Have you ever been to an auction? I once bought a car at an auction. It’s great fun, making bids and so on. You can also adapt this necessity of commerce into an classroom activity.
Give your students a list of sentences, they find the mistakes and then bid against each other to win the correct answers. This focuses on grammatical accuracy and can be adapted to suit you grammar point and the level of your students.
Prepare a list of sentences, some that have grammatical mistakes and some that don’t. The number of sentences depends on your target time, but I’ve found that between 6 – 10 works best (any more can get a bit boring). You can write these sentences yourself to focus on a language point you’ve covered recently or take the real mistakes that your students have made. Print these out or write them on the board.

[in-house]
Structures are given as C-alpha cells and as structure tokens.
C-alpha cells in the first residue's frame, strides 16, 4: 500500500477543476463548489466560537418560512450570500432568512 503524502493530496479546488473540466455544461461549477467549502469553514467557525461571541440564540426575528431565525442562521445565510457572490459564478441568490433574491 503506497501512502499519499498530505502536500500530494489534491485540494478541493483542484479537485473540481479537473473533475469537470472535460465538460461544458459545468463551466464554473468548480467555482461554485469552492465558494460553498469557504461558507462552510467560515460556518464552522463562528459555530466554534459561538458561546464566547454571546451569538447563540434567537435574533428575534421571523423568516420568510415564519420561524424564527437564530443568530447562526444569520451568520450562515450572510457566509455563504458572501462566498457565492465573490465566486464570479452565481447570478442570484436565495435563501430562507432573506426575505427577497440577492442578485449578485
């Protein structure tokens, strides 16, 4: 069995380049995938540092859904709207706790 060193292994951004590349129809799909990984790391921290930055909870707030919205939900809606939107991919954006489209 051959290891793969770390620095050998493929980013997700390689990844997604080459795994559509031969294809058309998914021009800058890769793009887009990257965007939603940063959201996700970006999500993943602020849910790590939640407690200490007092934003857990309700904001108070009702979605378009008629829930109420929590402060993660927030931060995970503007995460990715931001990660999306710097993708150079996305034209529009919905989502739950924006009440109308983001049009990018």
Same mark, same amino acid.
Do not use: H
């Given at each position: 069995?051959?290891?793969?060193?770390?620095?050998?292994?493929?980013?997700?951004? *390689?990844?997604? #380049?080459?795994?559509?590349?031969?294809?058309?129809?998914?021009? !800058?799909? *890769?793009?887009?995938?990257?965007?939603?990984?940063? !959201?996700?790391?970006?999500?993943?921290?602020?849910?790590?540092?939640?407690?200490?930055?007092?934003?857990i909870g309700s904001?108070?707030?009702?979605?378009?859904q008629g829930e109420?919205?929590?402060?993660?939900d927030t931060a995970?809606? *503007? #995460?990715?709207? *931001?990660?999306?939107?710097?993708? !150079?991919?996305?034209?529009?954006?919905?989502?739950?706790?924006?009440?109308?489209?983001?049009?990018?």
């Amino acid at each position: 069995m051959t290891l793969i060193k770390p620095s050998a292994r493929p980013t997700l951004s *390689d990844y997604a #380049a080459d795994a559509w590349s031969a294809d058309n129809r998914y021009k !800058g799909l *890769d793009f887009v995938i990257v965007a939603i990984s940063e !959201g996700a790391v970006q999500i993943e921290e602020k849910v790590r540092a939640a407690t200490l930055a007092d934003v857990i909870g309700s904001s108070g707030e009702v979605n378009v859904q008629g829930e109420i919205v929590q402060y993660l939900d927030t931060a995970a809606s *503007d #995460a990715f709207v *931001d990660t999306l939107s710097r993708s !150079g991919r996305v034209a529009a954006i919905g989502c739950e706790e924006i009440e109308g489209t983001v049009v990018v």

Optional. Look at some auction vocabulary before you start.
Time: 10 – 30 minutes
When: Warmer or cooler
Level: Elementary – Advanced
Happy students: ****
- Put students into groups. 3-4 works best.
- Give them the list of sentences and they find the mistakes. When they find the mistakes, you can also ask them to give the correction. Set a time limit.
- While they are working, write each team name on the board. Also, decide on and write an amount of money that each group gets – around €400.
- Go through the answers. For each sentence, hold a mini-auction. Students bid against each other. The highest bidding team give their answer
- Subtract the winning teams bid from their total.
- If the winning team give the correct answer, they win that sentence. If they give the incorrect answer, they lose their bid money and you can hold the auction again (or give the answer and move on)
- Once a team runs out of money, they can’t bid on any more sentences.
- The team with the most won sentences at the end are the winners.